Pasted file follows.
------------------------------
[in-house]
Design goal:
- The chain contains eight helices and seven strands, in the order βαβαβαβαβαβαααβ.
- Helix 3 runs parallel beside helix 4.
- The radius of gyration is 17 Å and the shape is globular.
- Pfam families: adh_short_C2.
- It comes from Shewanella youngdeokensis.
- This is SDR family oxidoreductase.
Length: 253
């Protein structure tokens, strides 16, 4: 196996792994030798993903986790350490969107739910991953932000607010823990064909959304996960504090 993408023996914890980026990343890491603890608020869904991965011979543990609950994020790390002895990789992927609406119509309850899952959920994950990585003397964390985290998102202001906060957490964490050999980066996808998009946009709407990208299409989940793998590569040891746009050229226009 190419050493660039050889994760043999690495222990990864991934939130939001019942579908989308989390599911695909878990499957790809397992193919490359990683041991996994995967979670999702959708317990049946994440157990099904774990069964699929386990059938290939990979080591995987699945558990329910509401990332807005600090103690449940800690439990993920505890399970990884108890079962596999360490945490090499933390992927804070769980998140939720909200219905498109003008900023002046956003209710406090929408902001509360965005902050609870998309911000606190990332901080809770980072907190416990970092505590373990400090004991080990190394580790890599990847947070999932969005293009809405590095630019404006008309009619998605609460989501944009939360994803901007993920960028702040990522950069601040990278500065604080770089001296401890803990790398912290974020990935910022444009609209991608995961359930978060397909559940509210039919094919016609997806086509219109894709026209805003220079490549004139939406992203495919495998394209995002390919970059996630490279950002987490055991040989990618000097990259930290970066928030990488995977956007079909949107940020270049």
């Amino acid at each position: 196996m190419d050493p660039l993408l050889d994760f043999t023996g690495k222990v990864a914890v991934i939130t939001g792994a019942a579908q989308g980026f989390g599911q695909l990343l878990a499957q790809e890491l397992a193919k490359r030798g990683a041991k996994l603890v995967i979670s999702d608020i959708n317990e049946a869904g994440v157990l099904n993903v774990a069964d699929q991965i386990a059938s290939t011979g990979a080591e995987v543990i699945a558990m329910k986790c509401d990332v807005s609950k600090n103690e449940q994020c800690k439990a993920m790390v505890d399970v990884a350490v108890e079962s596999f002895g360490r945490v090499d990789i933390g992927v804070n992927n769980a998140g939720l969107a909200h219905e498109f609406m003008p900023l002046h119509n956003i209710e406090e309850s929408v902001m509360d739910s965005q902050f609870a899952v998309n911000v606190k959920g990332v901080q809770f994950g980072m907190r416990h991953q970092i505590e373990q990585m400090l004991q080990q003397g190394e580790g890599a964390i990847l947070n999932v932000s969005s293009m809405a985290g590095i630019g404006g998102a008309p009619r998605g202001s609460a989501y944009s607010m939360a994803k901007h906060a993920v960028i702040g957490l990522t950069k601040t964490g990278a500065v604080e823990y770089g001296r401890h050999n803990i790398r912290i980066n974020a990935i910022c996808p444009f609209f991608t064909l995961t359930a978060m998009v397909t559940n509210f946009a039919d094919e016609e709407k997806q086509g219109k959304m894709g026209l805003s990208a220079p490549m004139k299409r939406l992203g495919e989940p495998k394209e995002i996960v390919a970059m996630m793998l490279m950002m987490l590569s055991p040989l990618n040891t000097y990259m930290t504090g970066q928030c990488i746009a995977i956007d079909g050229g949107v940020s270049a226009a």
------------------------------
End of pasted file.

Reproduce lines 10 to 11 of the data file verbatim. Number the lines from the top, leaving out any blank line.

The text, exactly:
């Protein structure tokens, strides 16, 4: 196996792994030798993903986790350490969107739910991953932000607010823990064909959304996960504090 993408023996914890980026990343890491603890608020869904991965011979543990609950994020790390002895990789992927609406119509309850899952959920994950990585003397964390985290998102202001906060957490964490050999980066996808998009946009709407990208299409989940793998590569040891746009050229226009 190419050493660039050889994760043999690495222990990864991934939130939001019942579908989308989390599911695909878990499957790809397992193919490359990683041991996994995967979670999702959708317990049946994440157990099904774990069964699929386990059938290939990979080591995987699945558990329910509401990332807005600090103690449940800690439990993920505890399970990884108890079962596999360490945490090499933390992927804070769980998140939720909200219905498109003008900023002046956003209710406090929408902001509360965005902050609870998309911000606190990332901080809770980072907190416990970092505590373990400090004991080990190394580790890599990847947070999932969005293009809405590095630019404006008309009619998605609460989501944009939360994803901007993920960028702040990522950069601040990278500065604080770089001296401890803990790398912290974020990935910022444009609209991608995961359930978060397909559940509210039919094919016609997806086509219109894709026209805003220079490549004139939406992203495919495998394209995002390919970059996630490279950002987490055991040989990618000097990259930290970066928030990488995977956007079909949107940020270049």
């Amino acid at each position: 196996m190419d050493p660039l993408l050889d994760f043999t023996g690495k222990v990864a914890v991934i939130t939001g792994a019942a579908q989308g980026f989390g599911q695909l990343l878990a499957q790809e890491l397992a193919k490359r030798g990683a041991k996994l603890v995967i979670s999702d608020i959708n317990e049946a869904g994440v157990l099904n993903v774990a069964d699929q991965i386990a059938s290939t011979g990979a080591e995987v543990i699945a558990m329910k986790c509401d990332v807005s609950k600090n103690e449940q994020c800690k439990a993920m790390v505890d399970v990884a350490v108890e079962s596999f002895g360490r945490v090499d990789i933390g992927v804070n992927n769980a998140g939720l969107a909200h219905e498109f609406m003008p900023l002046h119509n956003i209710e406090e309850s929408v902001m509360d739910s965005q902050f609870a899952v998309n911000v606190k959920g990332v901080q809770f994950g980072m907190r416990h991953q970092i505590e373990q990585m400090l004991q080990q003397g190394e580790g890599a964390i990847l947070n999932v932000s969005s293009m809405a985290g590095i630019g404006g998102a008309p009619r998605g202001s609460a989501y944009s607010m939360a994803k901007h906060a993920v960028i702040g957490l990522t950069k601040t964490g990278a500065v604080e823990y770089g001296r401890h050999n803990i790398r912290i980066n974020a990935i910022c996808p444009f609209f991608t064909l995961t359930a978060m998009v397909t559940n509210f946009a039919d094919e016609e709407k997806q086509g219109k959304m894709g026209l805003s990208a220079p490549m004139k299409r939406l992203g495919e989940p495998k394209e995002i996960v390919a970059m996630m793998l490279m950002m987490l590569s055991p040989l990618n040891t000097y990259m930290t504090g970066q928030c990488i746009a995977i956007d079909g050229g949107v940020s270049a226009a």